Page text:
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NRI Patel, Ex-Burger King Manager sent to jail to Defraud the IRS
180,000 in Cash Skimmed

Cincinnati, Ohio, March 22, 2007
Sudesh Verma

NRI Ashfaque Patel ,52, of Fairfield, Ohio was sentenced 18 months jail and to pay over $50,400 compensation to the internal revenue service (IRS).

Federal prosecutors say Patel was one of several employees who helped Angelo DeSimone steal the money from Greater Cincinnati Burger King restaurants

He pleaded guilty to an indictment charging him with conspiring to defraud the Internal Revenue Service (IRS). Between 1996 and 2000, Patel skimmed $180,000 in cash from the Burger King restaurant that he managed and he impeded the IRS in its collection of $50,400 in federal income taxes due on the skimmed receipts. Patel was the final defendant to be prosecuted in this investigation. A total of ten defendants were prosecuted during this investigation.

According to documents filed with the court and testimony, between 1996 and 2000, Ashfaque Patel managed a Burger King restaurant in the local Cincinnati area. RAC, Inc. and/or Desili, Inc., (collectively RAC) owned multiple Burger King restaurants, including the one managed by Patel. Angelo DeSimone was the Managing Director of the Burger King restaurants owned by RAC. During the years in question, DeSimone oversaw seven or eight Burger King restaurants. Patel believed that DeSimone was the owner of the restaurants.

DeSimone supervised the managers of the Burger King restaurants directly or through William Scarborough, the Director of Operations. DeSimone directed the managers, including Patel, to skim a set amount of cash each week from the receipts of their respective Burger King restaurants, and provide the skimmed cash to DeSimone. On a weekly basis, either DeSimone, Scarborough, or a restaurant manager picked up the skimmed cash, or the skimmed cash was transferred to DeSimone by other means. Occasionally, DeSimone instructed the managers, including Patel, to skim an amount of cash in addition to the set weekly amount. To hide labor costs, some managers including Patel, paid certain employees in cash. These cash wage payments were not reported to the IRS.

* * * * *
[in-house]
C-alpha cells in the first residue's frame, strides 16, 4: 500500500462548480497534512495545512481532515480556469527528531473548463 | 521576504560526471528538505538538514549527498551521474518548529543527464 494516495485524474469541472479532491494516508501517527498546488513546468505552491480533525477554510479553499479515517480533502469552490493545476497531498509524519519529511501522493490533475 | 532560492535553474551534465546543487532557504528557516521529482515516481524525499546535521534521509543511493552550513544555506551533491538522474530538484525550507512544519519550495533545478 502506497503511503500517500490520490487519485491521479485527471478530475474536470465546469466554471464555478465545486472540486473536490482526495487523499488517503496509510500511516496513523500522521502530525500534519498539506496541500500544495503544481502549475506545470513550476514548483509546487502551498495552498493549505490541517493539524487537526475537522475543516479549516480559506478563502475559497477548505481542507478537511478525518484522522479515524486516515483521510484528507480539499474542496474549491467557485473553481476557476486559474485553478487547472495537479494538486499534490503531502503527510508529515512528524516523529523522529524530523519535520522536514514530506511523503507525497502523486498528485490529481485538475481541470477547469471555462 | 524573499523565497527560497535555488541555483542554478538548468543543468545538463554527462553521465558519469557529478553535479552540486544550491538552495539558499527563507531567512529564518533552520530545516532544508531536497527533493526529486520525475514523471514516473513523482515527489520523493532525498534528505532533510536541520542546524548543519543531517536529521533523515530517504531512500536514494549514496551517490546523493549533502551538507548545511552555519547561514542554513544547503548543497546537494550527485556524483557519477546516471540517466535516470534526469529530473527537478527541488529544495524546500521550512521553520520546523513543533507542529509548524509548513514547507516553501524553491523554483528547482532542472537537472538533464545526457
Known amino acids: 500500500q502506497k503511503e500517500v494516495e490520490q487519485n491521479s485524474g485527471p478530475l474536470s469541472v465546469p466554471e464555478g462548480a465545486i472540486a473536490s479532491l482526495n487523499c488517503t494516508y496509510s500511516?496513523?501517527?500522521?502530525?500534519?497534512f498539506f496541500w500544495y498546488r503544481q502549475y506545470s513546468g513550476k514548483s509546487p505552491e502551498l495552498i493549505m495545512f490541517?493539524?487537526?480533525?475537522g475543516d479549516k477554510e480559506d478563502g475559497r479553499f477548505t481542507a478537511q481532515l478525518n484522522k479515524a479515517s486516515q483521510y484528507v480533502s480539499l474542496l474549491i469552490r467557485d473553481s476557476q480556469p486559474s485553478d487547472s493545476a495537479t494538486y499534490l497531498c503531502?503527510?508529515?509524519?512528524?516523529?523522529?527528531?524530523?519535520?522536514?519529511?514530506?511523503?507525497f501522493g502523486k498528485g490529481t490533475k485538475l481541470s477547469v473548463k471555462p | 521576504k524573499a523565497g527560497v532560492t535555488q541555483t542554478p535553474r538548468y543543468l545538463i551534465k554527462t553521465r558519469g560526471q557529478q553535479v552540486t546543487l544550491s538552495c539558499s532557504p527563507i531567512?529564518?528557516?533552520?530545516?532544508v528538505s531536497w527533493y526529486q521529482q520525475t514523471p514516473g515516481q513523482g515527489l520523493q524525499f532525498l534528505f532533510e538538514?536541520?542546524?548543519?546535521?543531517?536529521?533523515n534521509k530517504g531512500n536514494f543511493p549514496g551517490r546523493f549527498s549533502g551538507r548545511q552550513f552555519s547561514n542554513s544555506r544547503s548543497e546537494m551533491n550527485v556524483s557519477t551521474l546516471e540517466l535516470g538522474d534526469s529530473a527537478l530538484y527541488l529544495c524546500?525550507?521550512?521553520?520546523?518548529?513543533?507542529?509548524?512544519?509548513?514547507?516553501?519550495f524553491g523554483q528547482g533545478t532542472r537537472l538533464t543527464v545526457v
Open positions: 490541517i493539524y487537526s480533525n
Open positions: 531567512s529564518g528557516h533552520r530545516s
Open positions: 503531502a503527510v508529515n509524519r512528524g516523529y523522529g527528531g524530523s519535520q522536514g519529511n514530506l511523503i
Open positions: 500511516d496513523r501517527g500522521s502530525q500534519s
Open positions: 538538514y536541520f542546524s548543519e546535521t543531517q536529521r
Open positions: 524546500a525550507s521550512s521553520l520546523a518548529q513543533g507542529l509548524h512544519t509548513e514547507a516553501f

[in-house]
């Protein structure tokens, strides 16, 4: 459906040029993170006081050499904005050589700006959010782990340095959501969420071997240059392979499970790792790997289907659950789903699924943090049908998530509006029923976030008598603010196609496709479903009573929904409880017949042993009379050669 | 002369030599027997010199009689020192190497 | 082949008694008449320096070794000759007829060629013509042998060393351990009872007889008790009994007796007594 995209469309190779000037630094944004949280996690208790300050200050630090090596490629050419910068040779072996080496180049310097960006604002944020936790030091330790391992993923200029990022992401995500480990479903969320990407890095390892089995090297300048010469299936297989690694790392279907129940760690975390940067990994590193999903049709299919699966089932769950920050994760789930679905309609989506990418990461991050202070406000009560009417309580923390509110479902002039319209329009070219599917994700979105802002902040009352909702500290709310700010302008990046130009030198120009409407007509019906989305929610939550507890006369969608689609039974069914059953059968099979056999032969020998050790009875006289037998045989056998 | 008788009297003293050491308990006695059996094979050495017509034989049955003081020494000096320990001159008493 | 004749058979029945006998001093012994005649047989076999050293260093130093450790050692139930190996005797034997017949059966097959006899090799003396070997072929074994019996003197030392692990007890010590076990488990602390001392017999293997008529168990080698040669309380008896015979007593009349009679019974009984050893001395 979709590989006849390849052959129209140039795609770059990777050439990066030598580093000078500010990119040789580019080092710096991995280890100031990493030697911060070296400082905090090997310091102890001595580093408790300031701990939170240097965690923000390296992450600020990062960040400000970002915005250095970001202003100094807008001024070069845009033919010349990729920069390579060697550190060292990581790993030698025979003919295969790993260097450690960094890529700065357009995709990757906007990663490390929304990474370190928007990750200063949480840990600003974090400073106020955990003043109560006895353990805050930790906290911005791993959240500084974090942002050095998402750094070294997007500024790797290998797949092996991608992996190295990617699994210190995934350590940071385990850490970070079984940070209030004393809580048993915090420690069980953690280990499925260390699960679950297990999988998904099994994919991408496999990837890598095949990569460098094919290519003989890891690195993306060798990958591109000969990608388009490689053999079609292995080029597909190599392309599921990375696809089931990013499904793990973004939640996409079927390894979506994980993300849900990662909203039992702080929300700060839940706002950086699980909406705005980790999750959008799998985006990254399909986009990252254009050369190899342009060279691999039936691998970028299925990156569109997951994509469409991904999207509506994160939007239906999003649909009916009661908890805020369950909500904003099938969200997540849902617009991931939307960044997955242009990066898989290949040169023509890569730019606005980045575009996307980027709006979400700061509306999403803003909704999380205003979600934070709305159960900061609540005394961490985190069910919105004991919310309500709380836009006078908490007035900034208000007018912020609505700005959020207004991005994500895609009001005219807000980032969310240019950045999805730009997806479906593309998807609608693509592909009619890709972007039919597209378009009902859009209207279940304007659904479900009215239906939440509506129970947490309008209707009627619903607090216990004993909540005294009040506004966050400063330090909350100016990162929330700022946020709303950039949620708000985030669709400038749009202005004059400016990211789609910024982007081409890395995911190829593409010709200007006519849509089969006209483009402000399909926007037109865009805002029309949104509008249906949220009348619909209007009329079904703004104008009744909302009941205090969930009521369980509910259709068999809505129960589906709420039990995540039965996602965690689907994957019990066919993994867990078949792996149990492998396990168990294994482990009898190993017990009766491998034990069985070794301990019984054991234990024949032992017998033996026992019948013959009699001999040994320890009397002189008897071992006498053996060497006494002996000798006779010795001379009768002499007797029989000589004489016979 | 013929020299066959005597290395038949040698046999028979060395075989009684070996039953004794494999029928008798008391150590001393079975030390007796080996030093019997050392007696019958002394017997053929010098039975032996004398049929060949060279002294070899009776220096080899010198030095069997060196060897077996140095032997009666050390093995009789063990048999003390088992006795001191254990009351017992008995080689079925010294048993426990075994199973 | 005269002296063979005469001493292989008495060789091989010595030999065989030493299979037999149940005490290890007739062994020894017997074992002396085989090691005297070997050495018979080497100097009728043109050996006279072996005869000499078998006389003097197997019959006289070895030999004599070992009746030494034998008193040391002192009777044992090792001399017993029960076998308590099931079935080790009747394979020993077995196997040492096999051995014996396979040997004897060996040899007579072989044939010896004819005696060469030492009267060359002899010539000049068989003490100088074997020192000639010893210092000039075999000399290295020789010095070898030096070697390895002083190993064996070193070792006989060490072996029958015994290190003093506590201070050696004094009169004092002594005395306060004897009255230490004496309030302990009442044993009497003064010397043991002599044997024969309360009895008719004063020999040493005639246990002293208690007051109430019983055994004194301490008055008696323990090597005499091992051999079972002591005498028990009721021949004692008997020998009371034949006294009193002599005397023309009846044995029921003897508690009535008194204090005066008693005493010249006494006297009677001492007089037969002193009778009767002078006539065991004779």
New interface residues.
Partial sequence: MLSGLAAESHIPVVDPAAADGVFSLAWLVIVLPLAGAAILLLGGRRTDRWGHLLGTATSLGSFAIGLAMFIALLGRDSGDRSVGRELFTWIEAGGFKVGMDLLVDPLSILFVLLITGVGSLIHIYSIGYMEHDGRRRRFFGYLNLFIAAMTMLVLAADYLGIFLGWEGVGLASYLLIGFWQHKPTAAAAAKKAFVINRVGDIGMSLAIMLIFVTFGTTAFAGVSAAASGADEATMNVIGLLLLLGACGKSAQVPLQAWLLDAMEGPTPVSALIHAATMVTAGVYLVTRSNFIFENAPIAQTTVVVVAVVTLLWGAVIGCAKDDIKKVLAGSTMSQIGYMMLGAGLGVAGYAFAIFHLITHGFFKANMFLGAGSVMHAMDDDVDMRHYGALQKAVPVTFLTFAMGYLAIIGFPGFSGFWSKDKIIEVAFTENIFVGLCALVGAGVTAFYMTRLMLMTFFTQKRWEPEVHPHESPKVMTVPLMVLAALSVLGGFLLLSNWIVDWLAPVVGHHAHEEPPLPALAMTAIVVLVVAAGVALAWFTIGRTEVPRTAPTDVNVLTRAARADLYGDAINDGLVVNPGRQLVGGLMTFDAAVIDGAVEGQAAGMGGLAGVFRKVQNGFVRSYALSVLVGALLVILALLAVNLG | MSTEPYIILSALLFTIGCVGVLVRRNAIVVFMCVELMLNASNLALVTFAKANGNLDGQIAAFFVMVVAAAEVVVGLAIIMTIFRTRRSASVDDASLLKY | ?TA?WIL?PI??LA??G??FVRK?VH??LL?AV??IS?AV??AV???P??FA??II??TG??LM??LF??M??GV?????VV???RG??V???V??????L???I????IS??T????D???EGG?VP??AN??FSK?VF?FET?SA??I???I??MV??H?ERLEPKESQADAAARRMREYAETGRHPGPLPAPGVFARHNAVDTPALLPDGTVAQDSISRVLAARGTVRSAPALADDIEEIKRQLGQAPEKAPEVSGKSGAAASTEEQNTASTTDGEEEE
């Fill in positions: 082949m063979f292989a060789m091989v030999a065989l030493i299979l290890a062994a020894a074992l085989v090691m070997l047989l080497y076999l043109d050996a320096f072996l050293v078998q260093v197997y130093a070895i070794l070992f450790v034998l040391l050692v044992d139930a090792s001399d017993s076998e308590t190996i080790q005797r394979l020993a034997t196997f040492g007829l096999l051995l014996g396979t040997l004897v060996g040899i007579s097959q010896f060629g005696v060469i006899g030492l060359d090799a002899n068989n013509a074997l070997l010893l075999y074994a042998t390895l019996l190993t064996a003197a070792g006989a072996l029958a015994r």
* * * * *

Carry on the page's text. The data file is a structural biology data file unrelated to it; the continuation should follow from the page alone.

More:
During 1996 through 2000, Patel skimmed $100 per day, six days per week from his restaurant. Patel and the other managers received a kick-back of funds from DeSimone for skimming cash, or were allowed to skim additional cash for their own benefit. Patel and the other managers covered up the skimming of cash for DeSimone by not ringing sales on the registers, voiding sales that had been rung on the registers, altering monthly sales and inventory reports, and floating deposits with the bank, and by other means.

During the years 1996 through 2000, Patel agreed with DeSimone to carry out the skimming activity and reasonably foresaw that the skimmed cash would not be reported to the IRS.

Cromwell A. Handy, Special Agent in Charge, IRS, Criminal Investigation, stated, "Defrauding and impeding the IRS is not a victimless crime. Honest, hardworking Americans pay the price when others choose to evade their tax obligations."

DeSimone was sentenced to three years in prison in 2004 and ordered to pay $370,000 in restitution. Other employees received sentences ranging from probation to five months in prison.